Progressive Monopoly

Chapter 2.  Our Progressive Monopoly Rules

The Progressive Monopoly Rules our family used are printed in full at the end of this book, but I’ll explain them a bit here.  They have three parts:
   1) Definitions and unchanging general aspects of the Government role (think of this as its Constitution),
   2) Standard Regulations (typical fees and taxes imposed and grants and credits awarded already "on the books" from which the Government can select), and
   3) Exigent Regulations (fees, taxes, grants, and credits that perhaps have never been used before, but are seen as necessary by the current Government).  Good form requires a reason to be stated for a new Regulation, but any old “emergency” will do when it comes right down to it.

There are some interesting subtleties in the role of Government, most notably the presumption that, since it is the Government chosen by agreement of the players, it has a mandate to do as it sees fit, during the term of the current game, without consultation, referenda, or review.  Also, the Government is required to have some financial impact each time the other players have a turn; a “do nothing” Government is impossible.  Going real governments one better, the Government under Progressive Monopoly Rules doesn’t even have to maintain a façade of equal treatment under the law.

My initial Regulations were based upon news events.  For instance, the Wealth Tax is a simplification of the current Alternate Minimum Tax computation.  Emergency Housing Assistance is provided under several federal programs (and landlords can be forced to participate under existing law), a group of independent railroads existed before becoming nationalized as Amtrak, taxes and fees have become a substantial part of our utility bills, . . . and when the Fed buys US bonds, it’s called Quantitative Easing.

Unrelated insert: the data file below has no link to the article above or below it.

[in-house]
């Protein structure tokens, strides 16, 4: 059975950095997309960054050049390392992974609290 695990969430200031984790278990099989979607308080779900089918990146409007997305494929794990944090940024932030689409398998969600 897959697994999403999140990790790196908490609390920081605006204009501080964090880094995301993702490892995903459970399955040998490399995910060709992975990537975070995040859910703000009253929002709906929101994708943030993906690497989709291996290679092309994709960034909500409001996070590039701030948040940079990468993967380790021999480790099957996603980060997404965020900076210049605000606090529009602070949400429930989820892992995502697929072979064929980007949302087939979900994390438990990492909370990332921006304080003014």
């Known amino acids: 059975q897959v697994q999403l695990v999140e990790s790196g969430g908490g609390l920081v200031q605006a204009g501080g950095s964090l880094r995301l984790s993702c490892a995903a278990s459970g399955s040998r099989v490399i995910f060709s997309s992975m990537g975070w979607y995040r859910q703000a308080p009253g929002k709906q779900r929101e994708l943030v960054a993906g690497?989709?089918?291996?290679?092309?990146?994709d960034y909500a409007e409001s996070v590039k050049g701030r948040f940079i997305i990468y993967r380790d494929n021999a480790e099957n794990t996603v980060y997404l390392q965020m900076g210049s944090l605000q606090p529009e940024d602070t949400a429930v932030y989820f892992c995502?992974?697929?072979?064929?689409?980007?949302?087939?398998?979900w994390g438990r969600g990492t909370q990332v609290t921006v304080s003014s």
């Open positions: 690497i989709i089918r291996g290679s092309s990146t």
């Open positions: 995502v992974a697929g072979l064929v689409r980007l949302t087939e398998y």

The Exigent Regulations feature was added because a) I realized I couldn’t think of all the possibilities a Government might want to enact, and b) it would allow each Government to create its own unique set of priorities.

Once I was reasonably comfortable with what I’d wrought, I introduced the new rules at the end of a normal game.  “I’d like to try something different the next time we play.  You know how - in addition to being a player - one person has the role of the Bank?  Well my new rules also add the role of the Government.  I’d like to play at least three games with the new rules so each of us has the chance to take the Government role.  Sound like something we might enjoy?”

Not knowing what to expect, Mark and Ann agreed to try it.  I was excited by the prospects.